the anti rainbow tie dye agenda

Because I campaign for the environment, does it mean I must dress in purple velvet bell bottoms and rainbow tie dye stomach revealing crop tops with holes under the arms?


I wish more folk understood this.

I bloody love fashion. I'm pathologically insta-obsessed with #streetstyle, I care about what I wear and I like looking decent and that doesn't mean I'm vacuous and shallow. Dressing well is good manners. Plainly.

How does one harmonise their love of nice attire with their environmental and ethical standards? They completely ignore trends. Trends are about as stable as the lady in the house over our back fence with three kids with ADHD.

Yes, three. Therefore to ensure you don't fall into the trap of continuously buying cheap chain store clothes* in order to keep up to date with the latest trends, you must shun them with your best and most smug nose-in-the-air humph.

Instead trawl vintage stores, op-shops, Etsy and ebay and find designers who have good ethical standards. At these outlets, buy pieces that suit you, that you love and that will last at least the next 10 years. You can find great pieces in op shops - hopefully the shameless photos above convince you.

If you think you need a tip or two before you step foot into an op-shop, check out this previous guest post by Op Shop Queen Leeyong Soo.

Occasionally, save your money and splurge on a quality designer piece. This, you won't ever regret. Craftmanship went into its production. It will last a lifetime. It will never end up in landfill... Maybe I'm just rationalising the astonishingly pricey ba&sh knit jumper I recently put on lay-buy that my husband doesn't know about yet but that is really gorgeous and made in Uruguay by traditional artisans.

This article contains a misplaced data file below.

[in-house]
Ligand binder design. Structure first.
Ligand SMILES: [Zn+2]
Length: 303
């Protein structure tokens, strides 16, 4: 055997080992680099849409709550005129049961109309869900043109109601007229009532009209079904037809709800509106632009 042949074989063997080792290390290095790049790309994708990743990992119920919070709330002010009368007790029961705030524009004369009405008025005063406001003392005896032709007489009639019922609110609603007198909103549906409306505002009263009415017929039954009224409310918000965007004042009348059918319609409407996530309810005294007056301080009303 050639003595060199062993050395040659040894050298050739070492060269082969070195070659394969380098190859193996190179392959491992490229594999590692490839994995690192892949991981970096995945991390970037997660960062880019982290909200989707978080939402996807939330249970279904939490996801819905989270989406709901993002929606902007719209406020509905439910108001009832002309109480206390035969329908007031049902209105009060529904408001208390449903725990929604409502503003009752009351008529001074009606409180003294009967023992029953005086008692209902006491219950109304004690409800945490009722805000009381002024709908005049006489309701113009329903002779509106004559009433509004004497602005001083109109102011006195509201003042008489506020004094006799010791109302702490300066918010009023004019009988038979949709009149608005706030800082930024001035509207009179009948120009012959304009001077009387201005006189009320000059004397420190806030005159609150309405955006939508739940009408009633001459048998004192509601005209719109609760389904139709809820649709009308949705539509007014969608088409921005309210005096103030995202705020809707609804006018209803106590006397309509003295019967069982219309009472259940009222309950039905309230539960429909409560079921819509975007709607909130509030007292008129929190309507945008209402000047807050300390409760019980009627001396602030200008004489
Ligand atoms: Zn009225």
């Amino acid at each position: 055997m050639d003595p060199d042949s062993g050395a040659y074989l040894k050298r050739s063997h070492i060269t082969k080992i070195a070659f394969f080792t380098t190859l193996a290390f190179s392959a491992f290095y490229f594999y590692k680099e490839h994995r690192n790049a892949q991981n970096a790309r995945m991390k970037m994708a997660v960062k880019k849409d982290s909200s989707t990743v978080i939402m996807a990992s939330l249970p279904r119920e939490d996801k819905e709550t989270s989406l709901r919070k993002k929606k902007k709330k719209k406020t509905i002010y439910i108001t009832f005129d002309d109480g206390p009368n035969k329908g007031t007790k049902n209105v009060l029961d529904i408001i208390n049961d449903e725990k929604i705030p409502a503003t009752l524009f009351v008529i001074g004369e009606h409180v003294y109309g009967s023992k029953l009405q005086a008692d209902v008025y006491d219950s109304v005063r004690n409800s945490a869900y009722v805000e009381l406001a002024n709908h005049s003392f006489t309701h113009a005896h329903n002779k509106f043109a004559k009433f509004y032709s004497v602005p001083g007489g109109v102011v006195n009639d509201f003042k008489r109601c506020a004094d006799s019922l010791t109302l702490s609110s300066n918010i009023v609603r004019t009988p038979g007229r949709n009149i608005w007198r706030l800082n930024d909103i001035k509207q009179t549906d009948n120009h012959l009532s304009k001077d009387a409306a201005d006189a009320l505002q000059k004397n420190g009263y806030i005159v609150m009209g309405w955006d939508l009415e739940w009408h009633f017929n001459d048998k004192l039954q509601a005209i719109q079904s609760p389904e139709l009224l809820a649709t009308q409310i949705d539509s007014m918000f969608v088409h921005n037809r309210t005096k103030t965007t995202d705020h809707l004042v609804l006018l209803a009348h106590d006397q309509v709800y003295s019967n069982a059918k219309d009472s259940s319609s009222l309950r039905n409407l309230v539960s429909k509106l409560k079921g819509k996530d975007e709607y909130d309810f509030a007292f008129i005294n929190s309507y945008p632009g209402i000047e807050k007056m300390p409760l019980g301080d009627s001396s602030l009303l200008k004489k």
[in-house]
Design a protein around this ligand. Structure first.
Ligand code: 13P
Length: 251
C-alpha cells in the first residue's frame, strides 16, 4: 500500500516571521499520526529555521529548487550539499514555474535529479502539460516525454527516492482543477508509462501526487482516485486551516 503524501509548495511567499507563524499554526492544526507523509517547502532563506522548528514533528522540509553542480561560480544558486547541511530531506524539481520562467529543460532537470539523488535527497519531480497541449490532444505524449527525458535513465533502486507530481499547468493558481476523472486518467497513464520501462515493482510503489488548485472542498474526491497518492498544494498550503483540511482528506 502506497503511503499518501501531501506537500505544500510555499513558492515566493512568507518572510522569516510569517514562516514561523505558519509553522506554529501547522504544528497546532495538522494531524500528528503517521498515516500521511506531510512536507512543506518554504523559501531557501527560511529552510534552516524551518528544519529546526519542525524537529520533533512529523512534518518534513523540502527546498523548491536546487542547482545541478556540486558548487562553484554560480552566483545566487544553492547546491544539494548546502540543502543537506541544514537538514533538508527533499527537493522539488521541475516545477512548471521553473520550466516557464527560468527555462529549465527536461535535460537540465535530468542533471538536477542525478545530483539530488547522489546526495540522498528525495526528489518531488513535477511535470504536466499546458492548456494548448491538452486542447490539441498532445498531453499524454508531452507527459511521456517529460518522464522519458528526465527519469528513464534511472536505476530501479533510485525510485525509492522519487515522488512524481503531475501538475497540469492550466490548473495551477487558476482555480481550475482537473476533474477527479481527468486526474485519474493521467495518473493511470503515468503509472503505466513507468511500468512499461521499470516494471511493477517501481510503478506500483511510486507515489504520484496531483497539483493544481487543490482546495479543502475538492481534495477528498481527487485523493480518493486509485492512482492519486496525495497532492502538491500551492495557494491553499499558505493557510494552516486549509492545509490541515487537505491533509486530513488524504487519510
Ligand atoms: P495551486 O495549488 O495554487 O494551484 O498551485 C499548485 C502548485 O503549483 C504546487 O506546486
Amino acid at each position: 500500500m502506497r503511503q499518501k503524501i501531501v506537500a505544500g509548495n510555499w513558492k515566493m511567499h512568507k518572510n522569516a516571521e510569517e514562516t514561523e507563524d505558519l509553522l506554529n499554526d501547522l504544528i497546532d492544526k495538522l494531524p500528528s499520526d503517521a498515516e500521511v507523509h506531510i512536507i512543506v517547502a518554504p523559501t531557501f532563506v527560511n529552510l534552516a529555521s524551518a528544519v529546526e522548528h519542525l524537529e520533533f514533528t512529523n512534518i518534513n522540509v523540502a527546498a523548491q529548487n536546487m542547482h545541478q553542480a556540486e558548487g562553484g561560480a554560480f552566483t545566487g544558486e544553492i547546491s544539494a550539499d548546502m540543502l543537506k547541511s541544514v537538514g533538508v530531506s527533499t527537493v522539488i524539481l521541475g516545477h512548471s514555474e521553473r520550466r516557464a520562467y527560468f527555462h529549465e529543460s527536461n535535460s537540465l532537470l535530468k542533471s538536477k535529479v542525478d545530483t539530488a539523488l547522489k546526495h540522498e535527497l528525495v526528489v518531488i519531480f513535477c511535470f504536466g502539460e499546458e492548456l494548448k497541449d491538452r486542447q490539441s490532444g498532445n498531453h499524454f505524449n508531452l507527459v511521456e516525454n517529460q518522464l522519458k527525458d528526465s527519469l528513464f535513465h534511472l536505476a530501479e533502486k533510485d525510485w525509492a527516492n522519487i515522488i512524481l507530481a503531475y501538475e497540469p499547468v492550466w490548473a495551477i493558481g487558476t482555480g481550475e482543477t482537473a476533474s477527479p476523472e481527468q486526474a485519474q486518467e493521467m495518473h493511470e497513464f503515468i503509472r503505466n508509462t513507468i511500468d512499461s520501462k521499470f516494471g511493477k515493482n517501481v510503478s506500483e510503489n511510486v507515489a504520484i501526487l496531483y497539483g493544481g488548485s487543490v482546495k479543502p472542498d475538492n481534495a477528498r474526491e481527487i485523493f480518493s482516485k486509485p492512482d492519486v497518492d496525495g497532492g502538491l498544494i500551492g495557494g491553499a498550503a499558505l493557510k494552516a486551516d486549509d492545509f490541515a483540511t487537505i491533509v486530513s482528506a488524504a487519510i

*IF you want to know more more more about this topic, check out these links:

Ethical Clothing Australia
Go here (link in title) to find ethical brands for anything from underwear to baby wear to school uniforms to high street fashion. You can also learn how brands are accredited. In short, ECA maps the brand's supply chain and essentially determines if anyone's being f**ked over. Brands like Cue, Carla Zampatti, Manning Cartell, Ginger & Smart and Nobody Denim are accredited.

Ethical Fashion Initiative
These blessed souls are connecting brands all over the world with artisans in developing countries who need an improved income. They ensure everyone gets a fair deal and that environmental standards are followed. Brands like Sass & Bide, Karen Walker, Marni, Vivienne Westwood and Stella McCartney are all involved.

This Choice report on ethical fashion is a great read if you want to be properly informed and know things like 'just because it's made in Australia doesn't mean it's ethically made'.

Forever 21, H&M, Zara, Uniqlo: Who’s Paying for our Cheap Clothes?
This 3-part article says it all. Really.

Share share share below if you have good ethical fashion tips and favourite designers.


  1. Replies
    1. Yes! And you do make stunning pieces. Anyone who hasn't seen India's work, go to!



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